And so yes, one of the Legislatures convened and finalised the session.  Once that occurred we began, the Gaming Control Board, to craft regulations.

In the valley you’ve got two sets of laws essentially for gaming.  One is the statutory set which the Legislature creates and then the second is the regulatory set which the Gaming Board and Gaming Commission create and that’s where we’re at right now.  We’re doing regulations for skill and hybrid games as we speak.

CI: How long do you think this will take?

AGB: To ballpark the regulatory process, I think the process will be complete by hopefully November.

CI: That is pretty quick.

AGB: Then the regulations will be on record and the manufacturers will know what the playing field is for what they can produce. And it would be my hope that we could start to see games in the independent test labs, GLI and BMM are the two Nevada independent test labs, so we’ll be testing the product.  I hope that they’d be able to start seeing new ideas and new games by December.

I can’t speculate on the test process itself because it’s dependent upon the game or the gaming device and what it is and exactly what the test labs have to test for. The way it works in Nevada is the test labs will receive that submission and they will go through their testing requirements to certify it to Nevada standards.

Once that’s accomplished, whether it takes a month or three months or however long, then theoretically the game will come to our Nevada lab in our Technology Division and we usually have a several week process of review and then it goes to a field trial, which is the, I guess you could call it, the [data] testing of the product in a large casino on a trial basis and usually the field trials take a few months.

And after that the board hears from the casino location where it was trialled, from the maker of the game, and from our own lab and then we approve it in full after that.

It is quite a regulatory process and we have not done away with that by any stretch, but it will allow for new games to be on the floors, hopefully, by the time you and I talk about this next year.

CI: You’ve surprised me a little bit with the speed at which it’s moving at your end; that’s terrific and, to be frank, makes a nice change. This is genuinely exciting; casinos and manufacturers are going to have to be very canny in how they market to a whole new player segment though.

AGB: It is and I think for the slot player you’ll see three kinds of the traditional slot player. The first will be the one that’s just not interested in anything new that’s out there on the floor and they will stick to what they love. There are certainly a lot of those traditional slot players and of course those slot players’ needs will be fulfilled because those slots won’t go away.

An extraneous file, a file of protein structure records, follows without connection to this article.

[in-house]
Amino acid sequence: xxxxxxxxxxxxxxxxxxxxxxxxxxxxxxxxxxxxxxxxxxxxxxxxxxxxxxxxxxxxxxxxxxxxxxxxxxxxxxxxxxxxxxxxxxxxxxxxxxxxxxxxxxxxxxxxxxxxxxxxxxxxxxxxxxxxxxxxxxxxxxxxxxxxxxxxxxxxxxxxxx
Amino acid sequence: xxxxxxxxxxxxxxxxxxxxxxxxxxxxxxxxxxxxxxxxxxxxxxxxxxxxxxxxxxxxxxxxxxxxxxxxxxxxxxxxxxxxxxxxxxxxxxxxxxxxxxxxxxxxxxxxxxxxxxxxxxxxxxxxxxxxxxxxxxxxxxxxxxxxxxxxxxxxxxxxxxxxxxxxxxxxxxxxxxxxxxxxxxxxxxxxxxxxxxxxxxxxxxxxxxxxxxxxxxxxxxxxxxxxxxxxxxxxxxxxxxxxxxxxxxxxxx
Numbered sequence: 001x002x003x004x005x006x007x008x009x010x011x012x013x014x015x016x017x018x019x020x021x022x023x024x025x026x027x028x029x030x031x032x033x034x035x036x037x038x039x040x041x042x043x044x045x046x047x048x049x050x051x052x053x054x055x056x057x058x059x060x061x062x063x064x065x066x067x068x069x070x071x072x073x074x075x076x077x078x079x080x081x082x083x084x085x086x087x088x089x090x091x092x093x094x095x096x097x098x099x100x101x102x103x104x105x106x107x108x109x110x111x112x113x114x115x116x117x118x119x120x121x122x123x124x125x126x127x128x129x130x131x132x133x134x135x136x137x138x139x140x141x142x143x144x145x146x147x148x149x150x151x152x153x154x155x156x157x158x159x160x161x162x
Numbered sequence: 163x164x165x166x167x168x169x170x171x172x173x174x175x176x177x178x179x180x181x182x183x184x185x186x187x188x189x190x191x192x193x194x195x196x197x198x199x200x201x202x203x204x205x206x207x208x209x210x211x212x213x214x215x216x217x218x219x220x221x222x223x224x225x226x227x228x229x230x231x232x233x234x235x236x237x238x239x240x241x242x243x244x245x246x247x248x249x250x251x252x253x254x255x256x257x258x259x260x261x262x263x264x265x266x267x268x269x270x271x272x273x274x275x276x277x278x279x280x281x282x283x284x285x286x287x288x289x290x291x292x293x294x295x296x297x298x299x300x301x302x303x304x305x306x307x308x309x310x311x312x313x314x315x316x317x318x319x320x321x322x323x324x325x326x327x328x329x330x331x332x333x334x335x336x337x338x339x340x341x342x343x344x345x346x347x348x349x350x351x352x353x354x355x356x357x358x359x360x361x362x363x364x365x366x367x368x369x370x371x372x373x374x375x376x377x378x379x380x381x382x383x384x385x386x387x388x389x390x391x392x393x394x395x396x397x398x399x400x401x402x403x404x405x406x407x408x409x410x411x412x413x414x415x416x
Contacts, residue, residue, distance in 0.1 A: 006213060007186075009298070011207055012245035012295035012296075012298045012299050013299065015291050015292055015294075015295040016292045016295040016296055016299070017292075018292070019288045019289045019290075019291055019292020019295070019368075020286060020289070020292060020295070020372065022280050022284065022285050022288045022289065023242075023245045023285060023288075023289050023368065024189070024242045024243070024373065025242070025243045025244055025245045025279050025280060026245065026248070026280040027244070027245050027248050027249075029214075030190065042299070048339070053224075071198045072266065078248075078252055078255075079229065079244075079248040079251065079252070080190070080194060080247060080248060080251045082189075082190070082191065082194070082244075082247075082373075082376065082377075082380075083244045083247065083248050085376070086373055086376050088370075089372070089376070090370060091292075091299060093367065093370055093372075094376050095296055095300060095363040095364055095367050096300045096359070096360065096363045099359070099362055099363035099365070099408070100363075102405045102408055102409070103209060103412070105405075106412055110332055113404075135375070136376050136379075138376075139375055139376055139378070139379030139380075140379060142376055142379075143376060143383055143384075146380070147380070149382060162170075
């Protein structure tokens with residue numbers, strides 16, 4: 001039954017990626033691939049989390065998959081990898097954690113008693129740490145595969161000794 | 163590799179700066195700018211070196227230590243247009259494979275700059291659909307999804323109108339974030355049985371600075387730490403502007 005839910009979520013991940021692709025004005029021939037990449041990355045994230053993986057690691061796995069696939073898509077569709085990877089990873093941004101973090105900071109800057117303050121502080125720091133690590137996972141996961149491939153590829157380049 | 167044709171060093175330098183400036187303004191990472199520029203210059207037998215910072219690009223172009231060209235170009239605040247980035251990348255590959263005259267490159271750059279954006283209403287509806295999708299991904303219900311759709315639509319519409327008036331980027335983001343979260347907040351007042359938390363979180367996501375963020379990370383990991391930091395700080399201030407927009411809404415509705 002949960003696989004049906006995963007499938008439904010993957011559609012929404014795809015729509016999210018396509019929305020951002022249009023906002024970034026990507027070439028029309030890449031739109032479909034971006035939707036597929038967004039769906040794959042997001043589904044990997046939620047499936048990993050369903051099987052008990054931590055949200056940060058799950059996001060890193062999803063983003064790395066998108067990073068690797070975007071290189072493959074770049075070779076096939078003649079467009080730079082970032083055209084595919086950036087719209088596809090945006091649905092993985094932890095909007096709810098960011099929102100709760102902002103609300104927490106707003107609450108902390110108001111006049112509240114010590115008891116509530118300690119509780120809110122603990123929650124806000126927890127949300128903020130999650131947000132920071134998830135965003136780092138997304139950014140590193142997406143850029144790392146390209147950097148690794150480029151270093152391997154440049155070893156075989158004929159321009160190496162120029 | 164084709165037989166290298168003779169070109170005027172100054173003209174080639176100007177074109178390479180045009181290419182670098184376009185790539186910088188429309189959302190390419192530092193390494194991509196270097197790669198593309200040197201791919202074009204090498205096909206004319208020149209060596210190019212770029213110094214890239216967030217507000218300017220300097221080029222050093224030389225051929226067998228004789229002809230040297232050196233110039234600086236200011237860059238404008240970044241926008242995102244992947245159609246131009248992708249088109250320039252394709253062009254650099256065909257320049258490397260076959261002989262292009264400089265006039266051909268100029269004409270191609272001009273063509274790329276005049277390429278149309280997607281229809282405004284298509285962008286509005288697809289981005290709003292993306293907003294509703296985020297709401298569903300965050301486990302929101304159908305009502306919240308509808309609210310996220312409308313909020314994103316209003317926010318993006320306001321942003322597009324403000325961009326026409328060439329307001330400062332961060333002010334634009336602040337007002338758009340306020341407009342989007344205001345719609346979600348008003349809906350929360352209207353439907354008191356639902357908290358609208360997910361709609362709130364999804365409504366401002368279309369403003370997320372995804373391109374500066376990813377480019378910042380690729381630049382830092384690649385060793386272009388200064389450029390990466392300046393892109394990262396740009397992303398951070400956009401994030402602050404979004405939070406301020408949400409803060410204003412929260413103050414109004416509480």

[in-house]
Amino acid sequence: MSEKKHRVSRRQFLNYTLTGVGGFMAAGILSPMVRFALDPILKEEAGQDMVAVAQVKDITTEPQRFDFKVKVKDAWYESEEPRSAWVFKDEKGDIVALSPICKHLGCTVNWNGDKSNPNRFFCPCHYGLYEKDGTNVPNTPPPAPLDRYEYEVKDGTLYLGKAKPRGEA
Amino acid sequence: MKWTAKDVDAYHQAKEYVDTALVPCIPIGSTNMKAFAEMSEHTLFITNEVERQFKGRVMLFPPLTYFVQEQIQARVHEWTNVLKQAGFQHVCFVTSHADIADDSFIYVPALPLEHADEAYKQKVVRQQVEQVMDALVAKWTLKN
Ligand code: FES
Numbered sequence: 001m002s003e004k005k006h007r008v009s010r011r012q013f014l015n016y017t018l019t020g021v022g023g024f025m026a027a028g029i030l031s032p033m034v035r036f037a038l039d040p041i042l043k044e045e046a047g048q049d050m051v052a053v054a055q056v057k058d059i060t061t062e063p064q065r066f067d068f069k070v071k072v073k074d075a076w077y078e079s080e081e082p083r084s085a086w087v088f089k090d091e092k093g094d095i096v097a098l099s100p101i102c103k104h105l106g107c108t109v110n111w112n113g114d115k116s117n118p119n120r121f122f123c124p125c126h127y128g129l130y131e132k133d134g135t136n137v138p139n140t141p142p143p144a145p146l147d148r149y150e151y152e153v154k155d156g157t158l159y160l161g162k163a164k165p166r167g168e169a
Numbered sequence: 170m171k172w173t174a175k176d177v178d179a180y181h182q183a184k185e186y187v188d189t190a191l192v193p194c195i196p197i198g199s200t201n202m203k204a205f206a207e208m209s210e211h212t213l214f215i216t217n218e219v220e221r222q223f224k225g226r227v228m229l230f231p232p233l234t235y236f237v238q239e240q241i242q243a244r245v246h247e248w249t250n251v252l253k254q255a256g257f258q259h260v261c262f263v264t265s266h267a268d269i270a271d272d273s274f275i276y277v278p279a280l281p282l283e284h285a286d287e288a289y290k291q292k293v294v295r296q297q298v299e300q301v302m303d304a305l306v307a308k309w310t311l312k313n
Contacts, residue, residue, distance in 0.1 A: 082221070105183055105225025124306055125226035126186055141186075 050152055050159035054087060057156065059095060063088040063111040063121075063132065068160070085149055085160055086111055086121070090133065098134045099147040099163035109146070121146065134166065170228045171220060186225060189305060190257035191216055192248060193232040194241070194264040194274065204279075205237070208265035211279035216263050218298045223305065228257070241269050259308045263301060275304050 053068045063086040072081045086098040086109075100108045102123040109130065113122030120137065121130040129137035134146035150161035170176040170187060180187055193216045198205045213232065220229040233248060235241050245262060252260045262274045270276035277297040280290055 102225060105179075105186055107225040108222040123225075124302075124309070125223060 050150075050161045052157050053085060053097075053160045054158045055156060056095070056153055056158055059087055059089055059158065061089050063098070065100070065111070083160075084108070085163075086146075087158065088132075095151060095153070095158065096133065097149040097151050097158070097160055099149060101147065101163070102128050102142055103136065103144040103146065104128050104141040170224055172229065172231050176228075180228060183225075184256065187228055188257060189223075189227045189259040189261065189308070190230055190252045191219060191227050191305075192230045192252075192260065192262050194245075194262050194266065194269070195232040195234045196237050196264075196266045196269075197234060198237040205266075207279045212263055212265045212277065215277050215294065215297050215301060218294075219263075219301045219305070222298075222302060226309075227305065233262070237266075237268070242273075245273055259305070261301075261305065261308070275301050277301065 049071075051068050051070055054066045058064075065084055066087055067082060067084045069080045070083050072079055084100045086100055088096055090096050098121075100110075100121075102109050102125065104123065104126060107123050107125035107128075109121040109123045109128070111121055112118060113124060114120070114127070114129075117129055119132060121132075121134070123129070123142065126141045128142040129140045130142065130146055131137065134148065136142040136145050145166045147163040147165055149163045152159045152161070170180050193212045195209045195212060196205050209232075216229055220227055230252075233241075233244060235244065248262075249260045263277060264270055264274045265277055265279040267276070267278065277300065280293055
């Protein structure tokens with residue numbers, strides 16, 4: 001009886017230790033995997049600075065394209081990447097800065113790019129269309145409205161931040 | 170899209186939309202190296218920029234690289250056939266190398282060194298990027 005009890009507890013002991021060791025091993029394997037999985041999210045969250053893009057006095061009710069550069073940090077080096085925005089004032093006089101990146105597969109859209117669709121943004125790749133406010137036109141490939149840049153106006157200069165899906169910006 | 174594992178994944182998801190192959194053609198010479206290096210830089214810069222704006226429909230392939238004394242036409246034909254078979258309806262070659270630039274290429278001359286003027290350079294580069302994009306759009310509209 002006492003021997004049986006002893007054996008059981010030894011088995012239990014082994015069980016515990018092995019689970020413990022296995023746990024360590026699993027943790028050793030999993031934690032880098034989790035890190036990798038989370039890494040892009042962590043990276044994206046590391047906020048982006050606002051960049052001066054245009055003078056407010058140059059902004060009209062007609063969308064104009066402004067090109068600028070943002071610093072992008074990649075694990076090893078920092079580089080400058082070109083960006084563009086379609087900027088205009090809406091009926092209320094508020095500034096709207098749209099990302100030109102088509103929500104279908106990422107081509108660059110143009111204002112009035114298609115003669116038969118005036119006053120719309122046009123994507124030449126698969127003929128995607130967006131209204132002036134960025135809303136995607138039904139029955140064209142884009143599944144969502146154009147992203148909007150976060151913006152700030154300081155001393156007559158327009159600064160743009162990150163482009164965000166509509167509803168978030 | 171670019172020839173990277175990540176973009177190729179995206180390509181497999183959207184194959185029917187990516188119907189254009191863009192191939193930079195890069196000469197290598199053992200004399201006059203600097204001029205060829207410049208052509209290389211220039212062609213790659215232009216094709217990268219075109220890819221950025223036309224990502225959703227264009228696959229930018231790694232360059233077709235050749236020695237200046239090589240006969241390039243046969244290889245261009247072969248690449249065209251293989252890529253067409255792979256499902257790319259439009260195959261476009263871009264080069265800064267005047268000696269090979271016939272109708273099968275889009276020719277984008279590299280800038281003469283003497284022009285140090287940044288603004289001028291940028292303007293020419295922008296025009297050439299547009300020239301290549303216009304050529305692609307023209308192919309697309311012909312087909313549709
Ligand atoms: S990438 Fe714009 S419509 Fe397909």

I think the second type will be the one that says, “Oh, I’m going to try this and see what it’s all about and who knows where that will lead.”

And then of course the third type will be the entirely new category which is the people who you spoke of earlier, the people who are of a younger generation who are 21 say to 35/40 age range.  It will be interesting to see what the manufacturers come up with to appeal to them because that’s an entirely new market and, in a way, the market’s there, but also the manufacturers, I think, would be well served if they realise that they can create markets now.

I would hope, at least, that there are indeed departments that are excited in terms of the creativity they might be able to start utilising.

CI: You could actually have a story-based RPG with a gambling element that can be integrated with an online presence – legislation allowing – where a player can then pick up the story at home on their portable gaming device or whatever… This is potentially absolutely huge when combined with existing technologies.

AGB: The idea in that context would be, just what you’re saying I think, have the RPG at home and utilise that to bring people to the casino to Las Vegas for the monetised gambling portion or whatever it may be; the sky’s the limit in terms of creativity.

CI: No pun intended, this is a game changer.

AGB: Well that’s exactly what we intend it to be and I think that, of course, bureaucracy aren’t extremely fast and they’re not always willing to jump on a ledge and take huge risks.  I think we’ve taken the risk that we feel comfortable with.  I think we’ve moved as fast as we feel comfortable with.  I’m hoping that it will be the game-changing event that causes a change in Nevada in terms of appealing to the customers who are visiting in record numbers. They’re not playing slots in record numbers, but they’re visiting Las Vegas in record numbers and they’re interested in dining and nightclub entertainment and all kinds of other types of things and gaming and the idea is to offer them that new gaming product while they’re there.

CI: This comes down to what the manufacturers do with it, what the designers do with it – if they grasp the nettle, if they get it, we could be looking at a golden age with whole new players appearing; all-new player groups and demographics and all kinds of really interesting marketing potential.

AGB: I think Las Vegas is a good test. It will be seen as a good test for this because we also have a wide variety of operators and of course it’s entirely incumbent upon the operator to allow the game on the floor and I think you’ll see a spectrum of operators as well, kind of like the slot player; some who just don’t have an interest in embracing it, and that’s fine; and others who do and embrace it maybe even more so that the traditional slot model.

So, that will be interesting too.